The more you know…

By David A. Liapis

Have you ever met someone who is fiercely loyal to their hometown, home state or country of origin? In many instances they wear the colors of their sports team(s), speak longingly of home, and will argue the superiority of their place of origin with anyone who contradicts them. It’s often comical to witness, and even more so when their intensity gives rise to a suppressed accent you didn’t notice before. Why is this so? What makes people think and respond this way? Simply put: Identity.

We all identify with places, experiences, personality traits and other elements that comprise who we are. For some people, such as the Jews of Jesus’ day, nationality/ethnicity is the end all, be all. The Jews were God’s chosen people, given the Law and Prophets, and were not unclean sinners like the Gentiles – or, in other words, everyone else who was not Jewish. Just like some people take pride in the fact a certain celebrity or famous person hailed from their hometown, it’s not far fetched to think there were some in Jesus’ time who were proud to be from Nazareth, where Jesus grew up, or Capernaum, where Jesus lived later in life and where he performed many of his miracles and gave the Sermon on the Mount.

Matthew 12:20-24 record Jesus’ words that must have been shocking and infuriating to those listening. In this passage he had just confronted the people about the identity of John the Baptist and himself and the validity of their messages, so they were probably already getting a bit riled up. Then Jesus fully crossed the line and began to pronounce woe upon multiple cities of Judea – Chorazin and Bethsaida – stating that wicked Tyre and Sidon would not be judged as harshly. Why? Because Jesus performed miracles in the Jewish towns, and yet the people did not repent. Jesus did not stop there. He went on to condemn Capernaum, his own hometown, declaring their unbelief in all his “mighty works” done there made them more worthy of punishment than Sodom – the vilest, most immoral, wicked place any Jew could conceive of. To be called worse than Sodom could only be topped by one thing – to be called a son of Satan (a title which Jesus did in fact apply to some of the Jews at another time in John 8:44).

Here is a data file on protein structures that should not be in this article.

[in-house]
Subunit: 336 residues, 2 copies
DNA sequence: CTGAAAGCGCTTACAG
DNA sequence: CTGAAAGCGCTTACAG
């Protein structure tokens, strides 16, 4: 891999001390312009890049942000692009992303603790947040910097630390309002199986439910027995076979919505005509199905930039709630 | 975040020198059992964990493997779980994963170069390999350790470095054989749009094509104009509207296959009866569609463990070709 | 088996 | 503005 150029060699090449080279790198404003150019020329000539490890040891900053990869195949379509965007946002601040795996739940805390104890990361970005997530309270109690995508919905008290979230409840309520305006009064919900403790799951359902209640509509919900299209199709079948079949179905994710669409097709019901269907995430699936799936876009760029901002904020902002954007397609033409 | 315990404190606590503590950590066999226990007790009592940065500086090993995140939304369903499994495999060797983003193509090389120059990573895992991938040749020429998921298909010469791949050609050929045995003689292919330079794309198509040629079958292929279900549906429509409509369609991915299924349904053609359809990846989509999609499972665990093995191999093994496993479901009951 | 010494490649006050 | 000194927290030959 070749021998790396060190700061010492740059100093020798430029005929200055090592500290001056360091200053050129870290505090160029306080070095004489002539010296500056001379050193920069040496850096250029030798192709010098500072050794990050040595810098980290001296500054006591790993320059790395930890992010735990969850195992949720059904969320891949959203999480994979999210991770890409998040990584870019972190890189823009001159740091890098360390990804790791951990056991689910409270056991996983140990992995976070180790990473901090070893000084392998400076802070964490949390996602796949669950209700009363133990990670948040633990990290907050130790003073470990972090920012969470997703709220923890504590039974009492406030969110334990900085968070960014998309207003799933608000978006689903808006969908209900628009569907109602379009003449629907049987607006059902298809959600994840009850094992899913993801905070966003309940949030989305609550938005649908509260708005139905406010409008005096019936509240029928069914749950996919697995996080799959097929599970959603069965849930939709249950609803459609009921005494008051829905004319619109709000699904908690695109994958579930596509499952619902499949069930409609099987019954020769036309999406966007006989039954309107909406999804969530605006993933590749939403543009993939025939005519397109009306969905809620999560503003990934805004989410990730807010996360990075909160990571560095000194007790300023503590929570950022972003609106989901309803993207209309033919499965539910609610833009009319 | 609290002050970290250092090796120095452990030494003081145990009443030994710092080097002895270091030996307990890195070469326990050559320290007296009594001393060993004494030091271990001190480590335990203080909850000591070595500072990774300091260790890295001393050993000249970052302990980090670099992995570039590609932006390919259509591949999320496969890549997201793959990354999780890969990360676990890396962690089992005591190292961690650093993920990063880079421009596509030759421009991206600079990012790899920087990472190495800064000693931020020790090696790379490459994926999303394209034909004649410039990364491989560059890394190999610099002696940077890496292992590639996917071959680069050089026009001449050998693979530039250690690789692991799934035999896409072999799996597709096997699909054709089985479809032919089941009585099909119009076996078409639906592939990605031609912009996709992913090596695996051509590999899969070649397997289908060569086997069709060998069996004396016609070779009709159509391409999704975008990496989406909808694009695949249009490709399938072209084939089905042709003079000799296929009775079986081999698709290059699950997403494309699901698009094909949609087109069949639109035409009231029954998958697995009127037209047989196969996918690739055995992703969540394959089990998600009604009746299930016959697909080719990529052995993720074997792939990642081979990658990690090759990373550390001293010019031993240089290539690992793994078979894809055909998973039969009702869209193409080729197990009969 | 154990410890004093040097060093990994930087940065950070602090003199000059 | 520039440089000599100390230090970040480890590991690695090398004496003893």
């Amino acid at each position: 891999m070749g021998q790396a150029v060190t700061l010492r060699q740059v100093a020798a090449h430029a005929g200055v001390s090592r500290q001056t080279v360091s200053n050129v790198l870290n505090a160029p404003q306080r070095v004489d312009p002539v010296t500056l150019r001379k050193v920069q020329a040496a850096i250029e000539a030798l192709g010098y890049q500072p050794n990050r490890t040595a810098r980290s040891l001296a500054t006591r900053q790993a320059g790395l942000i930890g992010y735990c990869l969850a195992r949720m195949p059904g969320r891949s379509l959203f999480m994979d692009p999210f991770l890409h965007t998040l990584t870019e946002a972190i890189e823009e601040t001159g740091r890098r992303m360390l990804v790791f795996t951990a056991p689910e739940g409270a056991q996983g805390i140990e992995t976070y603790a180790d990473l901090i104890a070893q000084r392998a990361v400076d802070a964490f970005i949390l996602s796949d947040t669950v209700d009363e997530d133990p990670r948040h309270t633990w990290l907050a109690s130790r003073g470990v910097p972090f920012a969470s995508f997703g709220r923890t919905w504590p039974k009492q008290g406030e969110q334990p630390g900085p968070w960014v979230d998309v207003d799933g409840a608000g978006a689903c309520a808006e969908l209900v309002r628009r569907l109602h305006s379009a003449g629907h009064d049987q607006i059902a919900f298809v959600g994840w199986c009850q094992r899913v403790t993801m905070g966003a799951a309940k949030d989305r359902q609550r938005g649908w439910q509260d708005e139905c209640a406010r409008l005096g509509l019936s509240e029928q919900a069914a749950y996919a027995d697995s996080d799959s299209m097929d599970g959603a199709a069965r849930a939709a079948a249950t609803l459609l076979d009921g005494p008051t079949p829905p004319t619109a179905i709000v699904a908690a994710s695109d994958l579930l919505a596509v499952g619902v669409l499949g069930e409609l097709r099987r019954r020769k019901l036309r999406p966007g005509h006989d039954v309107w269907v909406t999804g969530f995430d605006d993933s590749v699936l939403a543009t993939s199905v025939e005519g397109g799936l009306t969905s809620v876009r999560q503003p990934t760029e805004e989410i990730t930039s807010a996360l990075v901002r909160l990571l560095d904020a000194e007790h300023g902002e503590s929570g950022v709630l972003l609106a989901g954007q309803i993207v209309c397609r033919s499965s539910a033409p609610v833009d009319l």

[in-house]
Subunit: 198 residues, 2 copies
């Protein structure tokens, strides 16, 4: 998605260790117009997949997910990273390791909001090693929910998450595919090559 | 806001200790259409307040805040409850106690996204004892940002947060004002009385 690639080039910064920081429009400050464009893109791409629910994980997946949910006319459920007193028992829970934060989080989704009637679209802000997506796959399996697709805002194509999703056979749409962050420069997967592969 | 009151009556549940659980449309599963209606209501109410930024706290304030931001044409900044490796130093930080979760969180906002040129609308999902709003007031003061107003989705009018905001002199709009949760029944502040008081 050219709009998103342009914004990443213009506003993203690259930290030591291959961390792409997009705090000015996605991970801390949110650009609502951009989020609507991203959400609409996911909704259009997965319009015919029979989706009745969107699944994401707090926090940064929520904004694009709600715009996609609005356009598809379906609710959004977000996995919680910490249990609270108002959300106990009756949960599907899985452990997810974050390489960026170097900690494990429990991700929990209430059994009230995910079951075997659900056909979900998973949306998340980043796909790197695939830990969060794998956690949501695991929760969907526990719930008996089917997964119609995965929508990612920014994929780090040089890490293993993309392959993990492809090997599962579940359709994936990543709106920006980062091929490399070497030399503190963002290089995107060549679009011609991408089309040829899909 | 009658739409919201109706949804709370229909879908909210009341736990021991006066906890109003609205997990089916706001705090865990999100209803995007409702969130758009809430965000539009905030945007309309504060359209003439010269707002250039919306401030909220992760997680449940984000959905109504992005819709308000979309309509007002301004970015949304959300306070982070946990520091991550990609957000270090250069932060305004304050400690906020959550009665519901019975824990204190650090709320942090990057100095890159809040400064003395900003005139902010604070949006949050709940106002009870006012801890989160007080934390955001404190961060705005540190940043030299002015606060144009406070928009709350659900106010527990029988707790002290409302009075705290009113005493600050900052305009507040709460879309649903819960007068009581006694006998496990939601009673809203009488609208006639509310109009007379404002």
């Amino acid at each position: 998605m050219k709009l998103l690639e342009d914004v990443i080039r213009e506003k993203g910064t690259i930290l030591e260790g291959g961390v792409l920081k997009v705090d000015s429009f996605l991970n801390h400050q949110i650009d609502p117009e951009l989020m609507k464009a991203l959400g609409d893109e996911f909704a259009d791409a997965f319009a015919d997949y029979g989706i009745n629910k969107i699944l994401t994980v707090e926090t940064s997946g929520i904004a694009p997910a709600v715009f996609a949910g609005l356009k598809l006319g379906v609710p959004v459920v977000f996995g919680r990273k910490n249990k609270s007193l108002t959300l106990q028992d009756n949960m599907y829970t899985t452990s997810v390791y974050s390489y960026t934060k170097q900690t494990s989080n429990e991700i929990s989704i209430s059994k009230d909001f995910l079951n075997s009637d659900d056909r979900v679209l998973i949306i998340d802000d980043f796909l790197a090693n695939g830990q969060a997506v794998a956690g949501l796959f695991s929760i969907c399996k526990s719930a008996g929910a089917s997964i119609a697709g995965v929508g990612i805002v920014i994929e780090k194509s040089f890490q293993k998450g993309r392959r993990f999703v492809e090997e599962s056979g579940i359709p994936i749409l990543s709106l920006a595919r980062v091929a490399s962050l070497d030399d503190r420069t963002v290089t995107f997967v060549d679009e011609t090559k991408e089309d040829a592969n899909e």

Some have said knowledge is power. In reality, knowledge is judgment. The more we know, the more accountable we are, especially as it relates to sin and the Gospel. Jesus implied that his mighty works were intended to increase the Jews’ knowledge about him – the Messiah – and lead to their repentance and faith in Him. In the same way, the knowledge of God and the Gospel conveyed though His word, the Bible, through the proclamation of the Gospel by preachers, missionaries, family members, etc., and even through seeing the glory and wisdom of God in creation (Romans 1:20), will result in either our repentance and faith, or our eventual and just condemnation.

“So they are without excuse” (Romans 1:20) should be one of the most compelling and terrifying phrases in all of the Bible. It’s the conclusion of a verse that basically says the created world was designed to point people to the reality of God’s eternal power and divine nature – and that was written before telescopes, microscopes, DNA mapping and satellite images of the Earth, our Solar system and beyond. If the people of the ancient world are going to be held accountable to God for their knowledge of Him in creation and for the message of the Gospel proclaimed during and after Christ’s life on Earth, how much more are we going to be held accountable given two millennia of collective knowledge since then of science, archeology, the proclamation of the Gospel, the testimony of God’s people, and the repeated validation of God’s Word?